Quercetin for Allergies

Did You Know…that the antioxidant quercetin may provide natural allergy relief?

The changing of the seasons brings more than just the turning of the leaves—it brings allergies and all its symptoms: runny noses, sneezing and wheezing, and itchy, watery, red eyes.  Allergy medications may provide some relief but they also create their own symptoms, such as drowsiness, dry mouth, dizziness, nausea and vomiting, blurred vision, and restlessness.  If you’re a lover of natural remedies, then alternative health practitioners recommend including quercetin—a flavonoid found in red grapes, apples, and green and black tea—in your allergy relief kit this season.

How Quercetin May Help Allergies 

Before quercetin was hailed for its antioxidant properties, it was used as a natural antihistamine.  Your immune system sends a signal to your mast cells to release histamines when it senses the threat of allergens.  These histamines are what trigger allergic reactions, such as skin, throat, lung, and nose irritation.  Test tube and animal studies indicate that quercetin helps block the release of histamines and inflammatory markers by stabilizing mast cells and helping to reduce stress.

Stress is an important piece of the allergy puzzle, because stress alone is enough to release immune cells to your skin, just as they would do if you suffered a wound or infection.  A 2009 study showed that stress amplifies mast cells, readying them for histamine release and subsequent allergic reactions, such as skin conditions, asthma, and digestive problems.

Quercetin also helps alleviate the effects of arthritis and allergies by helping to calm inflammation.  A 2007 study published in Inflammation Research showed that when mice ate a diet rich in quercetin, the inflammatory chemicals associated with allergies decreased to a normal non-reactionary level.  A 2009 study confirmed the anti-inflammatory effects of quercetin.  Animals with induced rheumatoid arthritis were given quercetin.  Test results showed they had no more inflammation than animals without rheumatoid arthritis, indicating quercetin’s beneficial effect on inflammation.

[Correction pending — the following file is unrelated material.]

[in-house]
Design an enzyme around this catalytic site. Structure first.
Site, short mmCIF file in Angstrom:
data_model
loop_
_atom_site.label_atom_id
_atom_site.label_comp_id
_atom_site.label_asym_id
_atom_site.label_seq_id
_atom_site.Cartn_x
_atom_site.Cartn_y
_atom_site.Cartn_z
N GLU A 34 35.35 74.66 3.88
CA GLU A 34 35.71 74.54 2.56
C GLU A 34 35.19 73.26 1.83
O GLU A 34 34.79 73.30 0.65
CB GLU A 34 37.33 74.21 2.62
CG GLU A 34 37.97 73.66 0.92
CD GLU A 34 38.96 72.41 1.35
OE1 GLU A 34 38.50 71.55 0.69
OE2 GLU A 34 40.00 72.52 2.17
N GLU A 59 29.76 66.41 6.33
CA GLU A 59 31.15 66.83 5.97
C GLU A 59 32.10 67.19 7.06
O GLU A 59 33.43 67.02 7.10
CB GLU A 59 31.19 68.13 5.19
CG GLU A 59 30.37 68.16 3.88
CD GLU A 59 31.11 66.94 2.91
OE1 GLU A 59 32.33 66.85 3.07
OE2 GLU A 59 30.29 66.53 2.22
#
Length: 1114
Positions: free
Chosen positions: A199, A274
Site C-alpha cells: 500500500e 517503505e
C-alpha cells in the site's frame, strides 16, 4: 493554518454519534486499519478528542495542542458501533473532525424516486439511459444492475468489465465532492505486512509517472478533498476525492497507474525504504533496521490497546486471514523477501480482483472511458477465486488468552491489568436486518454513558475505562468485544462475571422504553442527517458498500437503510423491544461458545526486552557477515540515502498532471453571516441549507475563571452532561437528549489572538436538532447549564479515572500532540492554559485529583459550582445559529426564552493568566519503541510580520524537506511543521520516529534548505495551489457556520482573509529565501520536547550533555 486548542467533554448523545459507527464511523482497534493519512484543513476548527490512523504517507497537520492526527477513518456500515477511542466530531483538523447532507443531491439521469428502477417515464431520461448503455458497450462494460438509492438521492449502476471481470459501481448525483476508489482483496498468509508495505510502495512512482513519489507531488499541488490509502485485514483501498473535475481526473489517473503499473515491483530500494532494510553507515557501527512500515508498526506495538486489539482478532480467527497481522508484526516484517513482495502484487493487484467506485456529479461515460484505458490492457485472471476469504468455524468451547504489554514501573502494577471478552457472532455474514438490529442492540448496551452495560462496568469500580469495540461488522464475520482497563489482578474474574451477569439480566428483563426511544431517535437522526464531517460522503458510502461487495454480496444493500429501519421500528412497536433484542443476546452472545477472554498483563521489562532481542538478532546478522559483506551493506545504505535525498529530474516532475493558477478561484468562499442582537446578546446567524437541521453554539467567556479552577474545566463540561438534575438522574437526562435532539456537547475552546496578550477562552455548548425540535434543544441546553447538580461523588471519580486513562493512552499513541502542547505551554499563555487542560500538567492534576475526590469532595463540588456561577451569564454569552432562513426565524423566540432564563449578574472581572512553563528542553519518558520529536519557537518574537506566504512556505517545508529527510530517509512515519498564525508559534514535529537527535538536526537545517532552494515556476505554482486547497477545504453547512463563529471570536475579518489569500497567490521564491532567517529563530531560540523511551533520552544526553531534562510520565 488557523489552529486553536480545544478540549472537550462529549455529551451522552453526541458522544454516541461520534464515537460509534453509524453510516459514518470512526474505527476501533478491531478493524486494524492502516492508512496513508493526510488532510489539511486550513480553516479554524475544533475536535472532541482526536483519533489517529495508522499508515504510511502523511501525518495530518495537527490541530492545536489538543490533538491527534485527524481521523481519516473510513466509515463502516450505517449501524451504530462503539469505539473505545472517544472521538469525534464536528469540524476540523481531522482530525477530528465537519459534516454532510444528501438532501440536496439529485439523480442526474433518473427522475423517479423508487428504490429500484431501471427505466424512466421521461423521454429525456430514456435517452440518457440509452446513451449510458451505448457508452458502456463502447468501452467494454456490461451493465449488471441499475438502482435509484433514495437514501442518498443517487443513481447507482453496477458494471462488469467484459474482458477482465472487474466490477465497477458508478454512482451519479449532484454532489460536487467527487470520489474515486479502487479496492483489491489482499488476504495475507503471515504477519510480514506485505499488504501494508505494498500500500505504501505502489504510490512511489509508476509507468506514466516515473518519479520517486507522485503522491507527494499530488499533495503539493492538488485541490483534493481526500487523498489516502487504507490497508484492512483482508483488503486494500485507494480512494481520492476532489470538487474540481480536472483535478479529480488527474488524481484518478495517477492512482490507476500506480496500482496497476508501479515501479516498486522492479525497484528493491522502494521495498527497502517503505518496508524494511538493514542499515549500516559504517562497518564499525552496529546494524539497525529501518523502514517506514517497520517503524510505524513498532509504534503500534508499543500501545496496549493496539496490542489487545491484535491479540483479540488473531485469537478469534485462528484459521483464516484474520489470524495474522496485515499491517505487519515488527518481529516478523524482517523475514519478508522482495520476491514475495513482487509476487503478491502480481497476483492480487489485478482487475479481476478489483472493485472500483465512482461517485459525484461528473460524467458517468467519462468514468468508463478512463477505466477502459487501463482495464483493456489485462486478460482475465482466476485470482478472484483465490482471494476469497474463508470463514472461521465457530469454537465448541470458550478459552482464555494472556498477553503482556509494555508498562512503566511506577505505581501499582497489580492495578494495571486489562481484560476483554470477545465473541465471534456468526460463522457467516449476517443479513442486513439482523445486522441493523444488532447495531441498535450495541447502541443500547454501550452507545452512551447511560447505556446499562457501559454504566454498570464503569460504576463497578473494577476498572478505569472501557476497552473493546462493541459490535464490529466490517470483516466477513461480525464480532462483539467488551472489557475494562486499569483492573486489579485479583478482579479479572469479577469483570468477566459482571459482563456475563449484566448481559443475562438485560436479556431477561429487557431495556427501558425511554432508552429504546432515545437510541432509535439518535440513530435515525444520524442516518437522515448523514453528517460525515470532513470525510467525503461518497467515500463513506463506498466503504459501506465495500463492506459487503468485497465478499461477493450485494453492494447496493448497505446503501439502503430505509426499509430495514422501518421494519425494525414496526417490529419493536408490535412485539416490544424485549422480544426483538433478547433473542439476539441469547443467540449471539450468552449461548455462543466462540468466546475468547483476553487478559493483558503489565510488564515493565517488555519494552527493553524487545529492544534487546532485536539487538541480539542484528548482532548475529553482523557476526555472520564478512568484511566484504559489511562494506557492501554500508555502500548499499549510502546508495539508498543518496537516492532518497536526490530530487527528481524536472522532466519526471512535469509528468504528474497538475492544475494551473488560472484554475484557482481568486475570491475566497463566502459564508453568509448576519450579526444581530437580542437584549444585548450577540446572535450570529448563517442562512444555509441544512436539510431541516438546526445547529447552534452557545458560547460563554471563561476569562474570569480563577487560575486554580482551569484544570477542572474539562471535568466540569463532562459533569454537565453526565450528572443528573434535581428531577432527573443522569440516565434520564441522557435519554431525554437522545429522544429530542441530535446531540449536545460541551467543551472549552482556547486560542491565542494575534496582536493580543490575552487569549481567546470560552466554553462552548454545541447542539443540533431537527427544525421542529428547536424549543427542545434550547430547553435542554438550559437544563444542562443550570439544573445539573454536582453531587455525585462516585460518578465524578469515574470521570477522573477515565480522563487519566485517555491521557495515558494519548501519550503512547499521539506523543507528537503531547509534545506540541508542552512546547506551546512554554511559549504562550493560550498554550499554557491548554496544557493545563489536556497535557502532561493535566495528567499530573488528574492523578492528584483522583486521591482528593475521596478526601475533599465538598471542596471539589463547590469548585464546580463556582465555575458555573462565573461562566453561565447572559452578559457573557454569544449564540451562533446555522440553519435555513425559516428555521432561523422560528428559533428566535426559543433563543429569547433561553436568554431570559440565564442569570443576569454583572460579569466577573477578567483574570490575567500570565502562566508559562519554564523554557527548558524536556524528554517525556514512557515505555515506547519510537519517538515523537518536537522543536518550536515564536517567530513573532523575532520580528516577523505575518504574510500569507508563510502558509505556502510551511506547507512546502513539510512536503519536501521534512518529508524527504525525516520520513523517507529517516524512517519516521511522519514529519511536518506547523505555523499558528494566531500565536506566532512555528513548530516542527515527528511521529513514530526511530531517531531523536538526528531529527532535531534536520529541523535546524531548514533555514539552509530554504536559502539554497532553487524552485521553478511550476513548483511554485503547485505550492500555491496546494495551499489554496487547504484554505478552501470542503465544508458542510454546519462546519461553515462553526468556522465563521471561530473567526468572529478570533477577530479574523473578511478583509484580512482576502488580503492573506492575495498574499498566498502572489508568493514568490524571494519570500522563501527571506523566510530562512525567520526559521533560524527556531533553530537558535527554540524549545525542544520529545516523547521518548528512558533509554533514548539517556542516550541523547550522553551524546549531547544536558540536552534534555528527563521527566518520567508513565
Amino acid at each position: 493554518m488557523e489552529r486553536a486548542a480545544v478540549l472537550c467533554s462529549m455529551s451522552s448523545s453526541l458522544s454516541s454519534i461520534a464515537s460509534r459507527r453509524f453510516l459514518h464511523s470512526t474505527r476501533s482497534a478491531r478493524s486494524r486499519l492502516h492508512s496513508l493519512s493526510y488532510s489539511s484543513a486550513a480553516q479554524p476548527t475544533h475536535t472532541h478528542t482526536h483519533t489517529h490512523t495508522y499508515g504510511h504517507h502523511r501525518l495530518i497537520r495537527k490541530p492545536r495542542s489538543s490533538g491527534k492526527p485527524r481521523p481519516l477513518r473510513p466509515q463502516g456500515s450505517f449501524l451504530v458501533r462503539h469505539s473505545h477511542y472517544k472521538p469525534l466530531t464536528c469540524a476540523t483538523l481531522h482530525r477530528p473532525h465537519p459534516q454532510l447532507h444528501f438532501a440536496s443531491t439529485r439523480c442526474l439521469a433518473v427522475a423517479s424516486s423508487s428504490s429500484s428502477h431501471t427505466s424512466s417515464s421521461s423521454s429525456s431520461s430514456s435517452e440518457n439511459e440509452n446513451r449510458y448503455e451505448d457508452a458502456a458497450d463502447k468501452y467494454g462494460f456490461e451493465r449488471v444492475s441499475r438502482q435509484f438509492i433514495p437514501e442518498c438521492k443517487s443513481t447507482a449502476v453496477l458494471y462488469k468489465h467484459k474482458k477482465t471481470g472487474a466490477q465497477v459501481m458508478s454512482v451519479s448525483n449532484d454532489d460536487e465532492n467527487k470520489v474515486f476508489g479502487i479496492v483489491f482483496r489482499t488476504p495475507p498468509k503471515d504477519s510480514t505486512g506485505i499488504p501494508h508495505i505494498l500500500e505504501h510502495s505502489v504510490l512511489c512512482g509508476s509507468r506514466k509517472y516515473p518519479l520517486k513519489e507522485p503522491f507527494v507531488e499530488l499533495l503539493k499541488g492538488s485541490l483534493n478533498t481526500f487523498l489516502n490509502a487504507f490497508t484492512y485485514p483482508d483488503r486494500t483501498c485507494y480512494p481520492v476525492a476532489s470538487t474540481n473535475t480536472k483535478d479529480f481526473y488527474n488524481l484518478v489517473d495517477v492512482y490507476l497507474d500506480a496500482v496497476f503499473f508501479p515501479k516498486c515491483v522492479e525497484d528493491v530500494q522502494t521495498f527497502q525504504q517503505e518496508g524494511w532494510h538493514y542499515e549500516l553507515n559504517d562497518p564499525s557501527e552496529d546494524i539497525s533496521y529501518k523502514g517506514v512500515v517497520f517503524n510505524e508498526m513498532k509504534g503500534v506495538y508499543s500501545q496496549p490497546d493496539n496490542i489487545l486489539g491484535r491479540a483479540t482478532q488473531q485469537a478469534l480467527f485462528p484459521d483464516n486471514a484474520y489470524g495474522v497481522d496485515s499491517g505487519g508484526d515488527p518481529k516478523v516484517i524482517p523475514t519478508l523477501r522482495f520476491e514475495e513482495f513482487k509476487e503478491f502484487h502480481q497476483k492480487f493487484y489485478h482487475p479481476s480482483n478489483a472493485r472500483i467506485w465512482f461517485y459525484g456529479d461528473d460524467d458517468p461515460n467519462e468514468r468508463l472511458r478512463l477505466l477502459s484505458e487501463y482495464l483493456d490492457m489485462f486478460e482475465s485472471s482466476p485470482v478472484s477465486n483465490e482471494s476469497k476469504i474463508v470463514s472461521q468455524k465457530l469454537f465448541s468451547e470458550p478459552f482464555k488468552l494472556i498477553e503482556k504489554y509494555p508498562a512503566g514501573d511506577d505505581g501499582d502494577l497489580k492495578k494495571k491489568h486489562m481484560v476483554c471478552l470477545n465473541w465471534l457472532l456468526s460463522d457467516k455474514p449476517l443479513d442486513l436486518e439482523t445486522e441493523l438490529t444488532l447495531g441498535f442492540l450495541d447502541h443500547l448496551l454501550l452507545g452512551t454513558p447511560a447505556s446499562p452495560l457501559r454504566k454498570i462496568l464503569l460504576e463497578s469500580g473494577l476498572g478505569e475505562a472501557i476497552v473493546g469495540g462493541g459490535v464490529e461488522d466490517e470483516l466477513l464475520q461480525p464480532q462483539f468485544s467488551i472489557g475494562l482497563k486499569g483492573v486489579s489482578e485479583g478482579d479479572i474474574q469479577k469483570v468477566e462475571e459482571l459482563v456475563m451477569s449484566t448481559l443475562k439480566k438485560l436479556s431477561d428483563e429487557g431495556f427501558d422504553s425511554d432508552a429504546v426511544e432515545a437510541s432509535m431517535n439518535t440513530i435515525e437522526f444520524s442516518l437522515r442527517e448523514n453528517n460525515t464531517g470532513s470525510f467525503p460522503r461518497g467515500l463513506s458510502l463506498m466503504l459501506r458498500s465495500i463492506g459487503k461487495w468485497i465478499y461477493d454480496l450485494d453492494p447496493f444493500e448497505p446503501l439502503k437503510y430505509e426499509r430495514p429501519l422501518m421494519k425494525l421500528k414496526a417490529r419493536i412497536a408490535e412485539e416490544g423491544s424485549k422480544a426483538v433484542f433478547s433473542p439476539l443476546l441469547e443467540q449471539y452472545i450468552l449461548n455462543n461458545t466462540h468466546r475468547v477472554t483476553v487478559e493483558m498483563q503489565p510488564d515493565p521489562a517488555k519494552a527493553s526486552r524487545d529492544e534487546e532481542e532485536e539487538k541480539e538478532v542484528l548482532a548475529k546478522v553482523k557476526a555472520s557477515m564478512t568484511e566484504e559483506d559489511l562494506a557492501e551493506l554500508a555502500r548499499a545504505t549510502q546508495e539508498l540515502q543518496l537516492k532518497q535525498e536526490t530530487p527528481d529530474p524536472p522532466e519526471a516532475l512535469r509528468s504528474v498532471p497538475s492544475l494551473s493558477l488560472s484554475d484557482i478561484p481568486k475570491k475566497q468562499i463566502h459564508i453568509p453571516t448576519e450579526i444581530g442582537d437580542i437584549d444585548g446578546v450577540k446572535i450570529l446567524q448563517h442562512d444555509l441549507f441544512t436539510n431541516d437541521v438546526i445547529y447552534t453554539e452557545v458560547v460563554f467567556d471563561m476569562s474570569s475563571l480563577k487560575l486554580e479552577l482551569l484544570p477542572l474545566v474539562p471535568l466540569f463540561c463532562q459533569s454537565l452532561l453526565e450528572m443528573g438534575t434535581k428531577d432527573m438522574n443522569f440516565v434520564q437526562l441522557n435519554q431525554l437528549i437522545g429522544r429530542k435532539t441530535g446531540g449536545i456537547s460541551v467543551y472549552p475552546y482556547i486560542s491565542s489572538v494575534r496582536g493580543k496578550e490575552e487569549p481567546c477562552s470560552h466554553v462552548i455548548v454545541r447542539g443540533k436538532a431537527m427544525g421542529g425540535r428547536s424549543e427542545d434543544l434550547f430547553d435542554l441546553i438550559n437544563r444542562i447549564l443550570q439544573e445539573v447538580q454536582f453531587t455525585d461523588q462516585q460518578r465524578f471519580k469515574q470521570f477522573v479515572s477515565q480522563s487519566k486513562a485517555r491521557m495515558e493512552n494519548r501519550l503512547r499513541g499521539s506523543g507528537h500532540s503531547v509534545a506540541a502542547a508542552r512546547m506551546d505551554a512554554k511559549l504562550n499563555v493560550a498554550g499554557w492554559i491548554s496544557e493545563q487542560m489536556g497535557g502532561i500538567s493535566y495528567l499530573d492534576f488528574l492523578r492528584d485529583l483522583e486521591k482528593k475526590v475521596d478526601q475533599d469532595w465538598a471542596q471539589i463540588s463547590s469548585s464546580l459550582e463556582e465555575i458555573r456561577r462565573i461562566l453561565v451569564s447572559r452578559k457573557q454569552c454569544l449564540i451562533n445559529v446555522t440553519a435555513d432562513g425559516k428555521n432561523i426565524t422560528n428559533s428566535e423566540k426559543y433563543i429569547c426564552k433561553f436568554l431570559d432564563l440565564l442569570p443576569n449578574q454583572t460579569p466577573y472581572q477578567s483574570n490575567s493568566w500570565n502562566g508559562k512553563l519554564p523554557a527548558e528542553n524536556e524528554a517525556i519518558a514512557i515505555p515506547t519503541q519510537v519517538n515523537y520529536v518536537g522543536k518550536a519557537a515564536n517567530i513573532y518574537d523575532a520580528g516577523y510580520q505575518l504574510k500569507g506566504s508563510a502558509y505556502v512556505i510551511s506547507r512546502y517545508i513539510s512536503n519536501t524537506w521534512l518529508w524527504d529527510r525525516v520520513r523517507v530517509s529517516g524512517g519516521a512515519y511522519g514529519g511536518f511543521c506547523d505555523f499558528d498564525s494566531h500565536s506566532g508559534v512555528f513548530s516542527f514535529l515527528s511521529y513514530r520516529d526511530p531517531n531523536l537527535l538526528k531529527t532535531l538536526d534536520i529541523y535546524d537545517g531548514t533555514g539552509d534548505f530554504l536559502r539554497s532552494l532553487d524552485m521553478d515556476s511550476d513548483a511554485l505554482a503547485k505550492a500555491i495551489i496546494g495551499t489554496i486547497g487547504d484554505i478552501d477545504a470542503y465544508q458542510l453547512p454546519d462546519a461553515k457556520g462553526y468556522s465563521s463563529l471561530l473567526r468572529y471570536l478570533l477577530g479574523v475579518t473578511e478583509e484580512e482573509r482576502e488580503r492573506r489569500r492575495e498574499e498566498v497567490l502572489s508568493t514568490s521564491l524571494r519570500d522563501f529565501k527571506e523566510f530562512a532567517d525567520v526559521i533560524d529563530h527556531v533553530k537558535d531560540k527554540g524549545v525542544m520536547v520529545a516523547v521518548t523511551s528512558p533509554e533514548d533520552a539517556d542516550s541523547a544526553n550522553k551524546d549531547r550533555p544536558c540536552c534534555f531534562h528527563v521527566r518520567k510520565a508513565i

A Unique Antioxidant 

The antioxidant support of quercetin has demonstrated effectiveness in boosting the immune system, protecting the nervous system, and optimizing weight management.  A 2009 study published in the Journal of Cellular Biochemistry showed just how unique quercetin is.  It is able to activate the primary mechanism that triggers the production of cellular glutathione, which is the master antioxidant of all your cells.  In doing so, quercetin helps protect insulin-producing cells in your pancreas, which in turn helps stabilize blood sugar.

Other studies have shown that the antioxidant protection of quercetin helps protect the liver, the cells that line your sinuses, and even your mitochondria—the energy factory of your cells—all while strengthening heart health.

Boosting Quercetin in Your Body 

Eating quercetin-rich foods is the best way to boost quercetin levels in your body, while supplementing with quercetin has proven effective at controlling the symptoms of allergies in animal and test tube studies.  In your shopping cart this week consider including: 

  • Apples (1 apple contains 50 mg of quercetin)
  • Red onions
  • Green or black tea
  • Red grapes
  • Red wine
  • Citrus fruit
  • Tomato
  • Broccoli
  • Leafy greens
  • Cherries
  • Raspberries
  • Cranberries
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